Visa reform urged for China
Updated: 2013-12-25 10:48
Expanded visa eligibility for Chinese nationals applying to travel to the US will benefit the US economy, according to Chinese-American US Congresswoman Grace Meng of New York City, who represents the borough of Queens, which has a high concentration of Chinese Americans.
In a Dec 19 letter to Secretary of State John Kerry, Meng, together with Congresswoman Dina Titus of Nevada, urged the State Department to expand the current one-year visa validity to five years for Chinese nationals applying to travel to the US and allow multiple entries over the term of the visa. They said the changes would play a critical role in welcoming additional visitors both for tourism and business from China.
“Expanding visa eligibility for Chinese visitors would be an enormous benefit to my constituents and the economy of New York State,” said Meng. “Family and friends would have greater opportunity to see and spend more time with loved ones, and the increase in visitors to New York would be a huge boon to local tourism and economic growth. It is with great enthusiasm that I support this important initiative.”
Chinese travelers are now the leading source of tourist spending around the world, the letter quoted the United Nations World Tourism Organization (UNWTO) as saying. In 2012, Chinese tourists spent more than $100 billion on tourism outside of China, a 40 percent increase over 2011.
According to the US Commerce Department, the volume of Chinese visitors from March 2012 to March 2013 rose by 21 percent and has increased by 27 percent year-to-date compared with the first quarter of 2012.
When visiting the United States, Chinese travelers spend an average of more than $7,100 per visit, more than that of any other nationals. The figure has risen by more than 500 percent since 2005. In 2012, Chinese visitors spent $8.8 billion while in the US, according to the letter.
In February of this year, the Chinese State Council approved the Outline for National Tourism and Leisure (2013-2020), which laid the groundwork for strong government support for outbound tourism. With the national tourism strategy encouraging citizens to utilize paid leave for vacations, the number of Chinese visits abroad is expected to hit 200 million by 2020, according to Meng.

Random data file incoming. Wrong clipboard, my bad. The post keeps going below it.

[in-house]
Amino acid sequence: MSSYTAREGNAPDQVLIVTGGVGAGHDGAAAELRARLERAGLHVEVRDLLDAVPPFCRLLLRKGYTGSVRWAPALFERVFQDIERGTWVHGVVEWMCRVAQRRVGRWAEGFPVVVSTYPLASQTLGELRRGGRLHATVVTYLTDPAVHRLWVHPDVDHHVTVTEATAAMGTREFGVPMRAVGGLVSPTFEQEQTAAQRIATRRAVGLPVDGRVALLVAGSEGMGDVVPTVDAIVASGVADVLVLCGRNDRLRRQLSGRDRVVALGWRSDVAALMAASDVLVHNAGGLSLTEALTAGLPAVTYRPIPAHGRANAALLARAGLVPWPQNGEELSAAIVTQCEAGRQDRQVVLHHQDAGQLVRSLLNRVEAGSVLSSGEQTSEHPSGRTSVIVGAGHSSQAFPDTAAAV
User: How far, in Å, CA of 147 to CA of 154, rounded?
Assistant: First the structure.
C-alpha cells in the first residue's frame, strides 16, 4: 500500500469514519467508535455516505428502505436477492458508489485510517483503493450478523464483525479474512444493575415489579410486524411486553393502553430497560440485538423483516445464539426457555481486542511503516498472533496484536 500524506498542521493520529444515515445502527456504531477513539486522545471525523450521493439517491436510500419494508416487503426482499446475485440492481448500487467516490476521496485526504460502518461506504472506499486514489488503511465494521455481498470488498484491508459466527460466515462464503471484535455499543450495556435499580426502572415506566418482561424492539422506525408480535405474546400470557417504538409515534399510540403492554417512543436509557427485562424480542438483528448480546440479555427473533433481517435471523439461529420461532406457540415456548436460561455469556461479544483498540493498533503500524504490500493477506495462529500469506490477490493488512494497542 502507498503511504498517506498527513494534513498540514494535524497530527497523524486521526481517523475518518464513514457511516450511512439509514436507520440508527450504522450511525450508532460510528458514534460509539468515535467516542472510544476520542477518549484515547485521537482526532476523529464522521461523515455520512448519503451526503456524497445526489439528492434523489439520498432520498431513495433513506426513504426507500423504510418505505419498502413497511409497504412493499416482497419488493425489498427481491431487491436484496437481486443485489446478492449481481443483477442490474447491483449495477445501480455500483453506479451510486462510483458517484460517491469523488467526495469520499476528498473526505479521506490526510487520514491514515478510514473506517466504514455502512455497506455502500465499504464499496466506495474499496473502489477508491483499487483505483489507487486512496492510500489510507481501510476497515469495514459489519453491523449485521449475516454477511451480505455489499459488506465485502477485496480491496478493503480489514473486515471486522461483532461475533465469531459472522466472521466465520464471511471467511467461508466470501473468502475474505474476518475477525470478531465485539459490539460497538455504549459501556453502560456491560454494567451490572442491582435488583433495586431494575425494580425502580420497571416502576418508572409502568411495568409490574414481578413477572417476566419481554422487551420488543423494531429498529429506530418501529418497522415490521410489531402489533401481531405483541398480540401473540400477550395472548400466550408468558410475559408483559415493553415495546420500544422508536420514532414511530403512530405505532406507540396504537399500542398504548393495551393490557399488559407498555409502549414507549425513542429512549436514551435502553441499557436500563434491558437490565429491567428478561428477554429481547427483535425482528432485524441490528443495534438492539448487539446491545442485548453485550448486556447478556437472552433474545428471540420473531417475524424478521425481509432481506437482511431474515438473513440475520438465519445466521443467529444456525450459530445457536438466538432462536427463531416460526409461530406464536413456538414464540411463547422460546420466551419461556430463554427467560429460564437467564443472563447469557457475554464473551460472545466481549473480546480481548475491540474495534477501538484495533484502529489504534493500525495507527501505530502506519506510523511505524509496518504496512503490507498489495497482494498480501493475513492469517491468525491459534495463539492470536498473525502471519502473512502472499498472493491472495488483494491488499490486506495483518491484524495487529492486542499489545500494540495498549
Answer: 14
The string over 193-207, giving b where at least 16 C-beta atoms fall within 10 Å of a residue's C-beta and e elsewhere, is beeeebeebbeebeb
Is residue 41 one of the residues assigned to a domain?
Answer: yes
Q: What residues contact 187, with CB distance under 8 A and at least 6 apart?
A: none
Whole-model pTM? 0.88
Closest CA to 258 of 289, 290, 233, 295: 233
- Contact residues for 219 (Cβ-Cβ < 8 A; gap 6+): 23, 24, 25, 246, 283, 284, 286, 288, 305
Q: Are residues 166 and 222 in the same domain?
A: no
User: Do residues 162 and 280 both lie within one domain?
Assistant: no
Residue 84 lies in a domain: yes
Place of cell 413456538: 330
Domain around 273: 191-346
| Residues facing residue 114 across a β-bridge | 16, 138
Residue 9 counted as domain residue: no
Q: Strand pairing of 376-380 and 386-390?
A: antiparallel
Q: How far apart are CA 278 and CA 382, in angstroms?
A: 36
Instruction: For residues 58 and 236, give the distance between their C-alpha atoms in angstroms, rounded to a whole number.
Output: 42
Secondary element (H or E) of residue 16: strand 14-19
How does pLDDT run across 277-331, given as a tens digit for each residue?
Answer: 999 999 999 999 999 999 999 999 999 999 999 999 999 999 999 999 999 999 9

“The successful implementation of the new Chinese national tourism strategy will surely impact both domestic and outbound tourism in China and we particularly welcome the decision to promote traveling at different times of the year,” said UNWTO Secretary-General Taleb Rifai in a press release.
“The potential opportunity is staggering,” Meng’s letter said. “If the United States attracts one percent of the growing Chinese travel market, those additional 830,000 Chinese travelers would spend $5 billion and support 35,500 more American jobs.”
The letter also pointed out that a large proportion of Chinese citizens who apply for visas are business travelers. Extending the visa term would yield more opportunity for commercial relationships between the two countries, the letter said.
Furthermore, by eliminating the need for multiple visas over a five-year period, the State Department will be able to reallocate valuable resources to reduce visa processing backlogs in China and elsewhere around the globe.
“To me, the current one year visa validity is very inconvenient,” said Ma Yilong, a Chinese graduate student studying at the Rochester Institute of Technology. “If I go home during vacations, every year I have to renew my visa in order to return to school in the US. Though I don’t have to talk to the embassy every time, I have to pay a $140 visa fee and wait for delivery.”
Ma’s visa expired last week, so for this winter holiday, he can’t travel outside of the US other than to Canada or Mexico. “The one-year visa validity limits our chances to travel. If I travel to Europe this winter, I will have to fly all the way back to China to renew my visa before I am eligible to return to US again. Expanded visa eligibility will make my studying in the US much easier,” Ma said.
Wan Li contributed to this story.